The U.S. Congress requires that the U.S. Department of Defense report annually on China’s perceived military strategy and its military modernization. The Department’s 2005 report is scheduled to be released soon.
Among other things, the report concludes that China’s defense expenditures are much higher than Chinese officials have published. It is estimated that China’s is the third largest military budget in the world, and clearly the largest in Asia.
China appears to be expanding its missile forces, allowing them to reach targets in many areas of the world, not just the Pacific region, while also expanding its missile capabilities within this region. China also is improving its ability to project power, and developing advanced systems of military technology.
Since no nation threatens China, one must wonder:
- Why this growing investment?
- Why these continuing large and expanding arms purchases?
- Why these continuing robust deployments?"
The three questions asked and the concerns raised by their potential answers are driving other Asian nations into the US sphere of influence to counter a more aggressive and assertive China. From Japan's strengthening of military ties with the US to Singapore, Malaysia and Indonesia's agreement to have the US patrol the oil rich Malacca Straits, to major US overtures towards India, China's emergence is not bringing stability to the region. This is leading to the US having a golden opportunity to expand its alliances and partnerships in Asia.
While tragic, the December 2004 tsunami afforded the US military an opportunity to work towards humanitarian goals with its Asian neighbors and build goodwill. It is important to note the countries Mr. Rumsfeld points to in working to solve the crisis outside of the regular NGO and UN organizations:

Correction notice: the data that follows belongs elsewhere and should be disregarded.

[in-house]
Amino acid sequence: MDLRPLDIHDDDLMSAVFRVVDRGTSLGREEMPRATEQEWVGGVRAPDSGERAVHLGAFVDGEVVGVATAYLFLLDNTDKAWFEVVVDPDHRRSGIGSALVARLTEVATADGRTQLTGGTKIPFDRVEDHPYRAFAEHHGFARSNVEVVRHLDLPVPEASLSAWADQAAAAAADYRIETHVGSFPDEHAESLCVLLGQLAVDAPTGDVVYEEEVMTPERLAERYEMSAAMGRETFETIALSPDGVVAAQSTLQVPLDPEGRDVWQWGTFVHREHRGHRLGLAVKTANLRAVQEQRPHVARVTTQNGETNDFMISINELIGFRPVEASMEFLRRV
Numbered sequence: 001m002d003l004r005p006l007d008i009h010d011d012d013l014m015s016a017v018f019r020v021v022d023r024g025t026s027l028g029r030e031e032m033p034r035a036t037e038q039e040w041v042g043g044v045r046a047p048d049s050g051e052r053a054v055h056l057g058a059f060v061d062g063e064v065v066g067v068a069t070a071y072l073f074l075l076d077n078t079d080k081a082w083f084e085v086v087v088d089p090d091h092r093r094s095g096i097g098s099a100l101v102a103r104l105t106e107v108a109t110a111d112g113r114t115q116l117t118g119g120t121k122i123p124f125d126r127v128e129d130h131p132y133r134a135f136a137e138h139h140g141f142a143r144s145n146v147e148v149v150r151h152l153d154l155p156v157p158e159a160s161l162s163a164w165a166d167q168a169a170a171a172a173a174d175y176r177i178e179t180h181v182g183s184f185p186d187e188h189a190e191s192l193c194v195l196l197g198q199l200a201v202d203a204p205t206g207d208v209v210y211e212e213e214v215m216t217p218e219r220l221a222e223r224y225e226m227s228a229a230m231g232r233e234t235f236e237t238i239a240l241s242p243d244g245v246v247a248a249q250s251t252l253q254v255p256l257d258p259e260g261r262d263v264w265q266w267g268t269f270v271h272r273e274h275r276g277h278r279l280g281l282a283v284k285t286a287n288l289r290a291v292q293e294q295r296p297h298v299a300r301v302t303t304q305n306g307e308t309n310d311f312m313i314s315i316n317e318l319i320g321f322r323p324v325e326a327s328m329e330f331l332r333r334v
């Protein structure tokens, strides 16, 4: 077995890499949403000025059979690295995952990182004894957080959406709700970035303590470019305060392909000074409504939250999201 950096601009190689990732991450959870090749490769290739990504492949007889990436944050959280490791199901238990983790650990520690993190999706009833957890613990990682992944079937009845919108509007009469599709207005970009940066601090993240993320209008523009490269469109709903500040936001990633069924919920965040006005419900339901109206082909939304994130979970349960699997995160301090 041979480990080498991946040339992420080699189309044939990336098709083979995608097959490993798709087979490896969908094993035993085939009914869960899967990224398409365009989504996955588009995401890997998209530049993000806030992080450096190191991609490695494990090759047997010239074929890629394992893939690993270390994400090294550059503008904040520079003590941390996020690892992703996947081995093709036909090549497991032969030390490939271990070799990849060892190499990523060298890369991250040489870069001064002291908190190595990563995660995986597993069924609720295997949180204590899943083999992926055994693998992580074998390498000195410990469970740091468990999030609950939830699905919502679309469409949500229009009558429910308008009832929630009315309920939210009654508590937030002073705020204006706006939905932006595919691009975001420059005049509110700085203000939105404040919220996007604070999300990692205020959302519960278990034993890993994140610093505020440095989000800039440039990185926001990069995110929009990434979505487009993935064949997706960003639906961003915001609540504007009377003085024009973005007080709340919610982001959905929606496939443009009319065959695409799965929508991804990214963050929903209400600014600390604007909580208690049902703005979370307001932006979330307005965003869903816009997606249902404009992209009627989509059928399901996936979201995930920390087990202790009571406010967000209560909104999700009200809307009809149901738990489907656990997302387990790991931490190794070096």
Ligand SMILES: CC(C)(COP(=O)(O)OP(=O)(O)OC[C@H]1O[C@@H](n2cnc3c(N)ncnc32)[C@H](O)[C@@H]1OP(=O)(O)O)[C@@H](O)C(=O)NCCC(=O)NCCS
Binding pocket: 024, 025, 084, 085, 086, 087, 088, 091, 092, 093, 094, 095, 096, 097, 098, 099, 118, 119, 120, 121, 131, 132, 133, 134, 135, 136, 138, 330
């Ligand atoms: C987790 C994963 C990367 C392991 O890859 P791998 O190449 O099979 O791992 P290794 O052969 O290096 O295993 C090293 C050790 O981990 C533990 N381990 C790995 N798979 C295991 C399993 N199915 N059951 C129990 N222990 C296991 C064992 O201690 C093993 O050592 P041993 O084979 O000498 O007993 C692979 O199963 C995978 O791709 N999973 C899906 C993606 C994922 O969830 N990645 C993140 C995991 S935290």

- "India not only met the needs of its own people; but, to its credit, it also sent troops to help to distribute aid in Sri Lanka;
- Thailand, despite its own casualties and tragedy, quickly consented to the use of its bases to serve as the combined support facilities for the relief efforts;
- Malaysia made its airfields available, facilitating logistical support; and
- Singapore was first on the scene with life-saving aid, offering the use of its airfields and port facilities.
Years of bilateral and multilateral meetings and cooperative operations made possible this swift, team response -- as America’s military joined quickly with Australia, Singapore, Thailand, Indonesia, and many others to provide assistance."
The countries in bold are important for they all are nations that the United States has advanced diplomatic and military ties with in 2005 from Sec. of State Rice's and Deputy Secretary of State Zoellick's 12-nation tours, to US military vists as well. These nations represent old and new allies not only in the War on Terror but in the US efforts to contain China.
"From time to time, some question the priority America places on its Pacific partnerships. Yet the atmosphere in the tsunami’s aftermath -- as well as the recent earthquake in Nias -- demonstrated again that whenever friends and allies in this region confront threats or hardship -- whether caused by man or by nature -- we stand at their side.
These long relationships among nations -- the nations of the Pacific -- led many in this hemisphere to pledge support to the American people after the attacks of 9/11. And we are deeply grateful. I am confident that our long friendships will continue to unite us against the common threats ahead."
While it is easy to pass by this statement, it is important. The US stands by its allies and Mr. Rumsfeld is making clear that the US will continue to work strategically to build a prosperous Asia by backing our allies from future threats.
This year will be a very important year in US foreign policy as we seek to consolidate our successes in the Middle East and promote democracy around the world. The alliances the US strengthens this year, because of the example demonstrated by its steadfastness in supporting its allies, will be pivotal for securing a leadership role in the new century.